9. Frederick A., born in 1848, is now living on the old homestead at Union. In 1871 he married Sarah Jane Linscott, of Palermo, to whom there have been born four children, all living, to wit: Harold Latimer, Conrad Arvidson, Carl Frederic and Clarice Hayes.

(IV) George Melville, eighth child and fifth son of Henry and Mary W. (Starrett) Seiders, was born in Union in 1844. His early education was obtained the public schools of that place. September 10, 1862, when attending the high school, he enlisted in Company B, Twenty-fourth Maine Volunteer Infantry, and was made a corporal. The company rendezvoused first at Augusta, then at East New York, Long Island. Later in the fall the regiment was transported on the "Lizzie Southard" to New Orleans. After remaining there for a few days it was encamped for some weeks at Bonnet Carre, above New Orleans and later joined the forces then besieging Port Hudson. While at Bonnet Carre, Mr. Seiders had an attack of typhoid fever and a relapse therefrom, and after recovering joined his regiment at Port Hudson. In the meantime Vicksburg was besieged and taken, and also Port Hudson shortly after. The regiment returned home via the Mississippi river and Chicago, and was mustered out of service at Augusta, August 25, 1863.

After the war Mr. Seiders returned to Union and remained on the home farm until he attained his majority, then he went to Portland, where he obtained employment in the machine shops of Charles Staples & Son, where he remained some months. Having a desire to obtain a better education, he left the workbench in 1866, attending two terms at Kent's Hill Seminary, and subsequently continuing and finishing his preparatory course for college at Lincoln Academy, Newcastle, Maine. He entered Bowdoin College in the class of 1872. During his preparatory and college courses he paid his way by teaching in district schools and academies. He graduated with the degree of A. B. and later received the degree of A. M. After his graduation he was immediately appointed principal of Greeley Institute, Cumberland Center, Maine, which position he occupied two years, during which time the institute enjoyed a larger degree of prosperity than it had ever before or has since. At the close of his services at Greeley Institute he was elected submaster of the high school at Waltham, Massachusetts where he taught one year, when, having received an advantageous offer, he accepted a professorship in the Episcopal Academy of Connecticut at Cheshire, Connecticut, where he taught during the school year of 1875-76. While there he took up the reading of law, and in July, 1876, entered the office of Thomas Brackett Reed, at Portland, and there continued the study of law. In October, 1878, Mr. Seiders was admitted to the bar and took desk room with Hon. F. M. Ray for a few months, when he returned to Mr. Reed's office and remained in association with him until Mr. Reed moved to New York in 1901. In January, 1893, Mr. Seiders and F. V. Chase, Esq., formed a co-partnership under the style of Seiders & Chase, which continued until January, 1901. In 1883 he was appointed assistant counsel for the United States in the Alabama Court of Claims, and acted in that capacity during the continuance of the court.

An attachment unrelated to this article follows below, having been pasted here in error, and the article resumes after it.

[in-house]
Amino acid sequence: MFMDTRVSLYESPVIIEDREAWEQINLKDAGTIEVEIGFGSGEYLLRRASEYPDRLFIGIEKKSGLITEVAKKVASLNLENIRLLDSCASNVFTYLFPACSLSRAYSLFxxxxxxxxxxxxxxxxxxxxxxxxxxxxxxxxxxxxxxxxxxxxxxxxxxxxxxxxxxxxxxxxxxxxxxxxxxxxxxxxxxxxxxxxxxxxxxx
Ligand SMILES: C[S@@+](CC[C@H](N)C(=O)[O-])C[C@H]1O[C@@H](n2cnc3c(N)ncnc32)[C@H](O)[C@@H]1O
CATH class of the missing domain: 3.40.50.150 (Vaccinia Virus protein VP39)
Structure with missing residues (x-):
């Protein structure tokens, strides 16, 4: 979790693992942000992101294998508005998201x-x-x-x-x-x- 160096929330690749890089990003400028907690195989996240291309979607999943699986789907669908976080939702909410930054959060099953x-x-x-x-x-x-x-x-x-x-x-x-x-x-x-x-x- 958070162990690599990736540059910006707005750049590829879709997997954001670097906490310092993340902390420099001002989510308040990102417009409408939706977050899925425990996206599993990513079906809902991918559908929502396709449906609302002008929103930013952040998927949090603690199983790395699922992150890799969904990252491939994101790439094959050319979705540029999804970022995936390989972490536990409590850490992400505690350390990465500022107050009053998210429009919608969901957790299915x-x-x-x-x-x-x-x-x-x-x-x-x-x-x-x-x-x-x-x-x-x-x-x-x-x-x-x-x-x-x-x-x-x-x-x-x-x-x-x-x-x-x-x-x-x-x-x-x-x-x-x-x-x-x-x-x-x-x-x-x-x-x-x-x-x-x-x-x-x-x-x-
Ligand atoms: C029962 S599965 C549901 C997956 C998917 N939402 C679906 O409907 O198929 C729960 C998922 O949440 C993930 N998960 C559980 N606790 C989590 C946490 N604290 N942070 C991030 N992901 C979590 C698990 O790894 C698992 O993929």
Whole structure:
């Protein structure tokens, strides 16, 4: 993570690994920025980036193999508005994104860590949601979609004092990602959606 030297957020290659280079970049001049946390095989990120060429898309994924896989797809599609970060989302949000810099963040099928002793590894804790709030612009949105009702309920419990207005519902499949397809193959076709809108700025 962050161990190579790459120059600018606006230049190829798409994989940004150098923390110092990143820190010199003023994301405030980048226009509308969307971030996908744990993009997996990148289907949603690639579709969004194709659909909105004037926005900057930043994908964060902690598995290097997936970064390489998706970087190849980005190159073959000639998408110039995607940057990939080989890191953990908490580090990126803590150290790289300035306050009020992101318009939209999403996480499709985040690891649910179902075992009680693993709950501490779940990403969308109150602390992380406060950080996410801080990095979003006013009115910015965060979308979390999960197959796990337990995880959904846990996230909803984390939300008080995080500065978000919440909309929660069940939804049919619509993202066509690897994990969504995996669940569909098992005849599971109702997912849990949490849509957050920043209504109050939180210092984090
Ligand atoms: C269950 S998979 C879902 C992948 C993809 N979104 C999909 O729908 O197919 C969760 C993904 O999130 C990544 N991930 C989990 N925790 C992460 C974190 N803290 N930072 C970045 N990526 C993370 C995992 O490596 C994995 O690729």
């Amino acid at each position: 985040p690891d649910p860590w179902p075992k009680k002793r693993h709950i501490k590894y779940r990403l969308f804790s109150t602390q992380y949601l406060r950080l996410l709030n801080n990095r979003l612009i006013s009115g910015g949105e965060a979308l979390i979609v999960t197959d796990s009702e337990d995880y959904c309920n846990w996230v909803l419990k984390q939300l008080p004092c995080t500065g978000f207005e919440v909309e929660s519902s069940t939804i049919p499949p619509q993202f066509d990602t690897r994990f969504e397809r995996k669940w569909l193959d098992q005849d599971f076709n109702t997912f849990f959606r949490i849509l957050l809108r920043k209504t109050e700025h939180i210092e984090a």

In 1885 he was elected county attorney for the county of Cumberland and again in 1887, serving two terms. During his services as county attorney many important cases were tried by him, including murder cases. After having completed his services in that capacity he was engaged in both civil and criminal practice. He defended tow murder cases which perhaps excited as much public interest as any that have been tried in the county of Cumberland. During the period when Mr. Seiders was reading law and for two years after his admission to the bar he lived in the town of North Yarmouth, where he was elected representative to the Legislature of 1878 on the Republican ticket by the classed towns of Yarmouth and North Yarmouth. Although he had not been admitted to the bar, he was appointed on the judiciary committee and others of importance. He took up his residence in Portland in 1880. In 1892 he was elected to the State Senate and served on the judiciary and other important committees. Two years later he was re-elected and was unanimously chose president of that body.

His business methods, prompt and courteous rulings, and impartial dealings in public affairs secured for him strong support, which in 1901 was the means of his being elected attorney general of the state. He was re-elected in 1903, serving two full terms. His administration of this office was highly commended. In 1898 he was elected a member of the Republican state committee, and served in that capacity until 1905. Mr. Seiders has been attorney for and officially connected with many corporations. From his youth he has been a member of the Congregational church. He is a member of Bosworth Post, G. A. R., of the Cumberland Club, and of Bramhall League, all of Portland.

He married, November 24, 1874, Clarice Small Hayes, who was born in North Yarmouth in 1854, daughter of Isaac S. and Asenath (Batchelder) Hayes, of North Yarmouth. They have three children, all living:
Grace Ruiten, born 1875
Mary Asenath, born 1877
Philip Reed, born 1885
Grace R. married Dr. Phillip Webb Davis in 1903. They have two children, Mary Louise, born 1904, and Katherine, born 1906.